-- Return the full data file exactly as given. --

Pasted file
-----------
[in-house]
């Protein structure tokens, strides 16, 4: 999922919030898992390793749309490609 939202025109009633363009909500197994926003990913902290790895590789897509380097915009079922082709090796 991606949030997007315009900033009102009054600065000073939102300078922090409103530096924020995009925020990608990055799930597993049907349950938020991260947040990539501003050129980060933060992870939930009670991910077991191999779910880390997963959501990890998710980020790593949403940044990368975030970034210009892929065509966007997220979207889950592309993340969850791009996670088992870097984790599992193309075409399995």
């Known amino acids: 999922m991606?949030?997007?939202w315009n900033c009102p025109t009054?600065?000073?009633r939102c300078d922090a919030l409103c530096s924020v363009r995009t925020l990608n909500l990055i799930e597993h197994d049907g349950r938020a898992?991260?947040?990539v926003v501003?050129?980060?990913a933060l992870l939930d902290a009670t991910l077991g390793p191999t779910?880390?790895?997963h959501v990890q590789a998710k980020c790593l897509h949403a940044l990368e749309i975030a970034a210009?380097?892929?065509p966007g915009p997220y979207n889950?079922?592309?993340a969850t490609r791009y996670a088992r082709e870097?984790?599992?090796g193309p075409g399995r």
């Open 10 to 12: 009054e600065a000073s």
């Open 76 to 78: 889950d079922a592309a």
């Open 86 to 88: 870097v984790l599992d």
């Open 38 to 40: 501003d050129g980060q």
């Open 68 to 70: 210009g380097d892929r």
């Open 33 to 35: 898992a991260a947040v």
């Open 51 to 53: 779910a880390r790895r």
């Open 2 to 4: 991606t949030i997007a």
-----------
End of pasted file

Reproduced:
[in-house]
């Protein structure tokens, strides 16, 4: 999922919030898992390793749309490609 939202025109009633363009909500197994926003990913902290790895590789897509380097915009079922082709090796 991606949030997007315009900033009102009054600065000073939102300078922090409103530096924020995009925020990608990055799930597993049907349950938020991260947040990539501003050129980060933060992870939930009670991910077991191999779910880390997963959501990890998710980020790593949403940044990368975030970034210009892929065509966007997220979207889950592309993340969850791009996670088992870097984790599992193309075409399995």
């Known amino acids: 999922m991606?949030?997007?939202w315009n900033c009102p025109t009054?600065?000073?009633r939102c300078d922090a919030l409103c530096s924020v363009r995009t925020l990608n909500l990055i799930e597993h197994d049907g349950r938020a898992?991260?947040?990539v926003v501003?050129?980060?990913a933060l992870l939930d902290a009670t991910l077991g390793p191999t779910?880390?790895?997963h959501v990890q590789a998710k980020c790593l897509h949403a940044l990368e749309i975030a970034a210009?380097?892929?065509p966007g915009p997220y979207n889950?079922?592309?993340a969850t490609r791009y996670a088992r082709e870097?984790?599992?090796g193309p075409g399995r």
């Open 10 to 12: 009054e600065a000073s």
């Open 76 to 78: 889950d079922a592309a």
């Open 86 to 88: 870097v984790l599992d």
């Open 38 to 40: 501003d050129g980060q």
């Open 68 to 70: 210009g380097d892929r």
């Open 33 to 35: 898992a991260a947040v």
């Open 51 to 53: 779910a880390r790895r």
């Open 2 to 4: 991606t949030i997007a």